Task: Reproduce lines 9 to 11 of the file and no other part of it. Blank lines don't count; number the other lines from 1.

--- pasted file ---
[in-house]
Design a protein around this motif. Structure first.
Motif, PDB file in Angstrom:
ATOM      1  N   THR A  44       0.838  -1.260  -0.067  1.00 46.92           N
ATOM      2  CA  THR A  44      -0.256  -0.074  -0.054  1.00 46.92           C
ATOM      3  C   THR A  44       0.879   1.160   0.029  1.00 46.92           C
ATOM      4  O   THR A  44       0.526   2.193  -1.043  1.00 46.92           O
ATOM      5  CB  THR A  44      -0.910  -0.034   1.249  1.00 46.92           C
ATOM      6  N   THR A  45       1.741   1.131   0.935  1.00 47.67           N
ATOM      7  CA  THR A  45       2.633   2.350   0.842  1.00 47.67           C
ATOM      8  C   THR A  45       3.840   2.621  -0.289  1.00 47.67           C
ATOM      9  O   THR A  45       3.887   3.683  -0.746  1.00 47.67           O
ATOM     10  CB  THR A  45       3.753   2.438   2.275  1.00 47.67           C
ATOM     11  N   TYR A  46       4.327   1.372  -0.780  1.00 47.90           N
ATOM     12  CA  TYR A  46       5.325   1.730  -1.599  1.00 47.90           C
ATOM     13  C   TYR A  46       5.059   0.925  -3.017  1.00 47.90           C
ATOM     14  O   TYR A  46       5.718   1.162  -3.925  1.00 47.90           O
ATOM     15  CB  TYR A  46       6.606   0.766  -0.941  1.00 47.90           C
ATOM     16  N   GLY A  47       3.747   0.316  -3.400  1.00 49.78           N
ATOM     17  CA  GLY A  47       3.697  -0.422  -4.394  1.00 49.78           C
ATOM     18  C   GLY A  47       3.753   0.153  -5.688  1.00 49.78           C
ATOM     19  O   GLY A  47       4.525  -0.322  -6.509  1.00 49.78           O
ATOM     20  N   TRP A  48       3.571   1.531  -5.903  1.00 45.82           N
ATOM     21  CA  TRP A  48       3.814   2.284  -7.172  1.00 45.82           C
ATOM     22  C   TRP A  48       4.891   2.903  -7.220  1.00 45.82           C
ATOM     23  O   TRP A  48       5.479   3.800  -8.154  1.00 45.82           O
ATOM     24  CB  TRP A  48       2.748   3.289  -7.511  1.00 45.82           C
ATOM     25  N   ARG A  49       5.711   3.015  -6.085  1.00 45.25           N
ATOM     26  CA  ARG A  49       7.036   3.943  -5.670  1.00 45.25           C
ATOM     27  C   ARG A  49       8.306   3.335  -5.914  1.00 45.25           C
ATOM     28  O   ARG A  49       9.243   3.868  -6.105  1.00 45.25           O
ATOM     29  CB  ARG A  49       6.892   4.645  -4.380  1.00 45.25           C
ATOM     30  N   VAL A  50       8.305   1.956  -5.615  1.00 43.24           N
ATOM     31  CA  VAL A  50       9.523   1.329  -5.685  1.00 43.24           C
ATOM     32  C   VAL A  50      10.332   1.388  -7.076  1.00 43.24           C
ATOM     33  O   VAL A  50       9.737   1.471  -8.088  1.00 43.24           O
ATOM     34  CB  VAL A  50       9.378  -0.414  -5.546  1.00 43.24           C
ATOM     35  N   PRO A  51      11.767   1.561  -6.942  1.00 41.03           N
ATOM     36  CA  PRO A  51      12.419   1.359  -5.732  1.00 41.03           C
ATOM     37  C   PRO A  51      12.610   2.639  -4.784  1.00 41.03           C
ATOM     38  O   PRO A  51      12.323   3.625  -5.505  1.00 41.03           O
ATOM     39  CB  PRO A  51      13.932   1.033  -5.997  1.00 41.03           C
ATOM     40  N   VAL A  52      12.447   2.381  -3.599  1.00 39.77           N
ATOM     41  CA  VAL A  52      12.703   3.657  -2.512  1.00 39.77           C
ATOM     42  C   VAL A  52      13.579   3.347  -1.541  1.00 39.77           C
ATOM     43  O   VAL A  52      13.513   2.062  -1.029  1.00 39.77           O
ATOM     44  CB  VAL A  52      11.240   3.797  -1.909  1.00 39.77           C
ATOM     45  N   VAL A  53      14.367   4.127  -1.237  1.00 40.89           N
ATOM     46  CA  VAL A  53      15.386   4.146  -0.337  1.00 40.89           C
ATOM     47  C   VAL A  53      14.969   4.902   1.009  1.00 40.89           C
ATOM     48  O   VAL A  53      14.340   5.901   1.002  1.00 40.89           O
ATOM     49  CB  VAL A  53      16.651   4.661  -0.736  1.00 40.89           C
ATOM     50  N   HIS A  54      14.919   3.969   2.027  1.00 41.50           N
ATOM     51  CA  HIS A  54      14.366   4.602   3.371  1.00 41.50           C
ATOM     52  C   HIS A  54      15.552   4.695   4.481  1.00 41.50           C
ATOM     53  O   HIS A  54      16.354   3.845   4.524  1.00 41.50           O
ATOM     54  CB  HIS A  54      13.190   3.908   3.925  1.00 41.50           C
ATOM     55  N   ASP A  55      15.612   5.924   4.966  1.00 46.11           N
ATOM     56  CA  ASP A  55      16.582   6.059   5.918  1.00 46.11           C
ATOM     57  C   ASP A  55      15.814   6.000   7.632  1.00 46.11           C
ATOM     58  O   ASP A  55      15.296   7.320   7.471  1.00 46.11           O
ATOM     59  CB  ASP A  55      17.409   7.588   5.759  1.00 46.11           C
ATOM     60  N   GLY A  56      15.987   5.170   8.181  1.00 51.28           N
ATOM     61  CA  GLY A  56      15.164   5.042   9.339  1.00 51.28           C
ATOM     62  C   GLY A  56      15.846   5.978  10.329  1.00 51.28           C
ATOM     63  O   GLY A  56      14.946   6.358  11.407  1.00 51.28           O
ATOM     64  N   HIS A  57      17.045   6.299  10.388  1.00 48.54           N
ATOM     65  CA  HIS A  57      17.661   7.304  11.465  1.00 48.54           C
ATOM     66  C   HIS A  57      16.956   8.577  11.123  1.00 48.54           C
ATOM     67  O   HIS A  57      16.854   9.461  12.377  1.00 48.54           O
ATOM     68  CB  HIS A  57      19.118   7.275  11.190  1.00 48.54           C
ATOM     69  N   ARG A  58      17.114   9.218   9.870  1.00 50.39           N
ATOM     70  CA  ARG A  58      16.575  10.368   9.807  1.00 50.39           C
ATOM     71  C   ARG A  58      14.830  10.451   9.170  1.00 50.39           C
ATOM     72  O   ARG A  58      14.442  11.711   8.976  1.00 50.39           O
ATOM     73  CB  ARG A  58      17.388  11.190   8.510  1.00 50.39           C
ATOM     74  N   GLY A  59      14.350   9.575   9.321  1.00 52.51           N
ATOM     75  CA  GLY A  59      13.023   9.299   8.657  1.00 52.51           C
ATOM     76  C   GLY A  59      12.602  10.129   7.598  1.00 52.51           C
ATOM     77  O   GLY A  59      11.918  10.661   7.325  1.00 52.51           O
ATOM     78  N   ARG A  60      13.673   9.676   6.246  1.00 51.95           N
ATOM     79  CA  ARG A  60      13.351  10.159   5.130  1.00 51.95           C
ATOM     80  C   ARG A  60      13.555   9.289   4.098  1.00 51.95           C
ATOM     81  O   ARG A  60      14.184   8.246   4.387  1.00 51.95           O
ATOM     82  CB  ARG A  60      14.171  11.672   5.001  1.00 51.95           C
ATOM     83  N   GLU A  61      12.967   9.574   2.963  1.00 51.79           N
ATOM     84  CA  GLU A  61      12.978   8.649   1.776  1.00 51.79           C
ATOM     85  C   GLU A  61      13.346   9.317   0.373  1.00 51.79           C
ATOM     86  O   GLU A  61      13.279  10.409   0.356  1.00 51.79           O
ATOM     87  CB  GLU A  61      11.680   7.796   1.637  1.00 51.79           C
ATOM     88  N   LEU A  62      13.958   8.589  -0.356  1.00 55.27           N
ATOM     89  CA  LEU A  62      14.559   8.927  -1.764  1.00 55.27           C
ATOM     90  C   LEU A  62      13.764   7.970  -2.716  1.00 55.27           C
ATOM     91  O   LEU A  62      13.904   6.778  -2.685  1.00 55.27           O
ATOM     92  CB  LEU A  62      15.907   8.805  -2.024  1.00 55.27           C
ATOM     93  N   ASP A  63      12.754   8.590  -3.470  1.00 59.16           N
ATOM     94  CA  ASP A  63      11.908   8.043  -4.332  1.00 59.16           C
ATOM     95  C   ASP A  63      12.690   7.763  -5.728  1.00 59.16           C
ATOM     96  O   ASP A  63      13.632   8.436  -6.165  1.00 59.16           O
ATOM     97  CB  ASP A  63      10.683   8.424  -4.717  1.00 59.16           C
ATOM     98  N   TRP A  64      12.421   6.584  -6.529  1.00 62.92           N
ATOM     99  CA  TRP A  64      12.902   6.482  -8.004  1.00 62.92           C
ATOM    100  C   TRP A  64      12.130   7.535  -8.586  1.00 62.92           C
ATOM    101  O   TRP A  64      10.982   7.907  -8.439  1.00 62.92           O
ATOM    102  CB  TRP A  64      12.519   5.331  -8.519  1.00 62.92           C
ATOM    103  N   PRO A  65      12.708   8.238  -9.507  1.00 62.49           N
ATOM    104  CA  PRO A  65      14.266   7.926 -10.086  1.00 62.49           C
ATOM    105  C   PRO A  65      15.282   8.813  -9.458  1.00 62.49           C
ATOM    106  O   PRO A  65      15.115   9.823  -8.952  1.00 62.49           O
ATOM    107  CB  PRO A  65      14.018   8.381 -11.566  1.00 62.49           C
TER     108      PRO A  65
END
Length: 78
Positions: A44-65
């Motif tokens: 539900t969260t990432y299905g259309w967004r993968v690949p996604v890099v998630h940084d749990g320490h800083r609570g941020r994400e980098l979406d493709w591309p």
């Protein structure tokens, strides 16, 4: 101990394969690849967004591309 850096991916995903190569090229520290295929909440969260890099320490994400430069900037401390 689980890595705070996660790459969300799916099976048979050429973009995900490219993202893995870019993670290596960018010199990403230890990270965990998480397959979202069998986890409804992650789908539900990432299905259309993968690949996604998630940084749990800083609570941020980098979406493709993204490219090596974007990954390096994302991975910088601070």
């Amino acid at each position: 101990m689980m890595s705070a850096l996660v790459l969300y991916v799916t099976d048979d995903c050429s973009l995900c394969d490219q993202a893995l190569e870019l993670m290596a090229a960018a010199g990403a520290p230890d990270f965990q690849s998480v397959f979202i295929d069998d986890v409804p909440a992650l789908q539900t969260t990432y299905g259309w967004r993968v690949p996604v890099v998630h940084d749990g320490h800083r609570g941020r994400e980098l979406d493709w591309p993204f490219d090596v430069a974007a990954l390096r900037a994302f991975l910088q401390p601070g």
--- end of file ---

ATOM      6  N   THR A  45       1.741   1.131   0.935  1.00 47.67           N
ATOM      7  CA  THR A  45       2.633   2.350   0.842  1.00 47.67           C
ATOM      8  C   THR A  45       3.840   2.621  -0.289  1.00 47.67           C